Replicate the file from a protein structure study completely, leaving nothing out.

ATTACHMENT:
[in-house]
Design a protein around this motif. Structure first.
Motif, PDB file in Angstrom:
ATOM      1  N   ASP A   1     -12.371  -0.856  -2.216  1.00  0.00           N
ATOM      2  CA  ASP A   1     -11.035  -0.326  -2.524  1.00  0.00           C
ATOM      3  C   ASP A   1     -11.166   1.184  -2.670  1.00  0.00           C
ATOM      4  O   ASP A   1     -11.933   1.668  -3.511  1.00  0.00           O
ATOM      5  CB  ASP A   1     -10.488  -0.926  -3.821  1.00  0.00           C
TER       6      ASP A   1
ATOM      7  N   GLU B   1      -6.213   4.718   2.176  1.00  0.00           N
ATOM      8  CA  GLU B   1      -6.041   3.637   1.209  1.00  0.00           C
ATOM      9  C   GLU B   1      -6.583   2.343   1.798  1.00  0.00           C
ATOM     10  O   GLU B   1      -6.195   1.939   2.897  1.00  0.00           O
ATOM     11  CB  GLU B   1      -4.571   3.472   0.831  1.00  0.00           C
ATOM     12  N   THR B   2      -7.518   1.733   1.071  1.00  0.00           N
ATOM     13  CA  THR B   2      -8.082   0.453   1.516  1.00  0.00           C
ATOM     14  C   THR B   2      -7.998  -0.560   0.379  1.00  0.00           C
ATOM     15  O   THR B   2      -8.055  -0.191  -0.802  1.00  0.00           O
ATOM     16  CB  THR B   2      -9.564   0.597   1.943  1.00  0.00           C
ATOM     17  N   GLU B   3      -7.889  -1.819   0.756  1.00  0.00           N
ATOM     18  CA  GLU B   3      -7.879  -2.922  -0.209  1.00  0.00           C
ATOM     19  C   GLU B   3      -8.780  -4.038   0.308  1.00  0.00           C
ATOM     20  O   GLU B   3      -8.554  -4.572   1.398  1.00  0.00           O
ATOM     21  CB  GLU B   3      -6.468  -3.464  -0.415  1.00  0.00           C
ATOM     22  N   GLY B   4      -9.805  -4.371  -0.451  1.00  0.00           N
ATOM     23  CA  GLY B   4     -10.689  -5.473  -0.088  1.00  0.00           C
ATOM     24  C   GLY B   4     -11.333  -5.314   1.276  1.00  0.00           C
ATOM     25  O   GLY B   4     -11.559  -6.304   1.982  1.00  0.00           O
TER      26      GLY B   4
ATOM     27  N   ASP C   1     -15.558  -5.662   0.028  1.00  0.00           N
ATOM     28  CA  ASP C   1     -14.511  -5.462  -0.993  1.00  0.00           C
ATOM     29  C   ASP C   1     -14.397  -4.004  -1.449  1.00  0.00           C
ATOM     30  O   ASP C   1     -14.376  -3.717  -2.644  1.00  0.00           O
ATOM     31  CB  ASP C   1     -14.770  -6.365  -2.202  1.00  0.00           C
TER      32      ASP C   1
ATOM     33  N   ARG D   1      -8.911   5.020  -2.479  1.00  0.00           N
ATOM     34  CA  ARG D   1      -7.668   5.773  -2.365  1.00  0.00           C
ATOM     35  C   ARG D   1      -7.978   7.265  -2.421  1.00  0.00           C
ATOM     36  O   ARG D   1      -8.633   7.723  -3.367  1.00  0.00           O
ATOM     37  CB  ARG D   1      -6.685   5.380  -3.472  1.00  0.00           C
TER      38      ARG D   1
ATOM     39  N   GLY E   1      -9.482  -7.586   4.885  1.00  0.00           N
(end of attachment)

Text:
[in-house]
Design a protein around this motif. Structure first.
Motif, PDB file in Angstrom:
ATOM      1  N   ASP A   1     -12.371  -0.856  -2.216  1.00  0.00           N
ATOM      2  CA  ASP A   1     -11.035  -0.326  -2.524  1.00  0.00           C
ATOM      3  C   ASP A   1     -11.166   1.184  -2.670  1.00  0.00           C
ATOM      4  O   ASP A   1     -11.933   1.668  -3.511  1.00  0.00           O
ATOM      5  CB  ASP A   1     -10.488  -0.926  -3.821  1.00  0.00           C
TER       6      ASP A   1
ATOM      7  N   GLU B   1      -6.213   4.718   2.176  1.00  0.00           N
ATOM      8  CA  GLU B   1      -6.041   3.637   1.209  1.00  0.00           C
ATOM      9  C   GLU B   1      -6.583   2.343   1.798  1.00  0.00           C
ATOM     10  O   GLU B   1      -6.195   1.939   2.897  1.00  0.00           O
ATOM     11  CB  GLU B   1      -4.571   3.472   0.831  1.00  0.00           C
ATOM     12  N   THR B   2      -7.518   1.733   1.071  1.00  0.00           N
ATOM     13  CA  THR B   2      -8.082   0.453   1.516  1.00  0.00           C
ATOM     14  C   THR B   2      -7.998  -0.560   0.379  1.00  0.00           C
ATOM     15  O   THR B   2      -8.055  -0.191  -0.802  1.00  0.00           O
ATOM     16  CB  THR B   2      -9.564   0.597   1.943  1.00  0.00           C
ATOM     17  N   GLU B   3      -7.889  -1.819   0.756  1.00  0.00           N
ATOM     18  CA  GLU B   3      -7.879  -2.922  -0.209  1.00  0.00           C
ATOM     19  C   GLU B   3      -8.780  -4.038   0.308  1.00  0.00           C
ATOM     20  O   GLU B   3      -8.554  -4.572   1.398  1.00  0.00           O
ATOM     21  CB  GLU B   3      -6.468  -3.464  -0.415  1.00  0.00           C
ATOM     22  N   GLY B   4      -9.805  -4.371  -0.451  1.00  0.00           N
ATOM     23  CA  GLY B   4     -10.689  -5.473  -0.088  1.00  0.00           C
ATOM     24  C   GLY B   4     -11.333  -5.314   1.276  1.00  0.00           C
ATOM     25  O   GLY B   4     -11.559  -6.304   1.982  1.00  0.00           O
TER      26      GLY B   4
ATOM     27  N   ASP C   1     -15.558  -5.662   0.028  1.00  0.00           N
ATOM     28  CA  ASP C   1     -14.511  -5.462  -0.993  1.00  0.00           C
ATOM     29  C   ASP C   1     -14.397  -4.004  -1.449  1.00  0.00           C
ATOM     30  O   ASP C   1     -14.376  -3.717  -2.644  1.00  0.00           O
ATOM     31  CB  ASP C   1     -14.770  -6.365  -2.202  1.00  0.00           C
TER      32      ASP C   1
ATOM     33  N   ARG D   1      -8.911   5.020  -2.479  1.00  0.00           N
ATOM     34  CA  ARG D   1      -7.668   5.773  -2.365  1.00  0.00           C
ATOM     35  C   ARG D   1      -7.978   7.265  -2.421  1.00  0.00           C
ATOM     36  O   ARG D   1      -8.633   7.723  -3.367  1.00  0.00           O
ATOM     37  CB  ARG D   1      -6.685   5.380  -3.472  1.00  0.00           C
TER      38      ARG D   1
ATOM     39  N   GLY E   1      -9.482  -7.586   4.885  1.00  0.00           N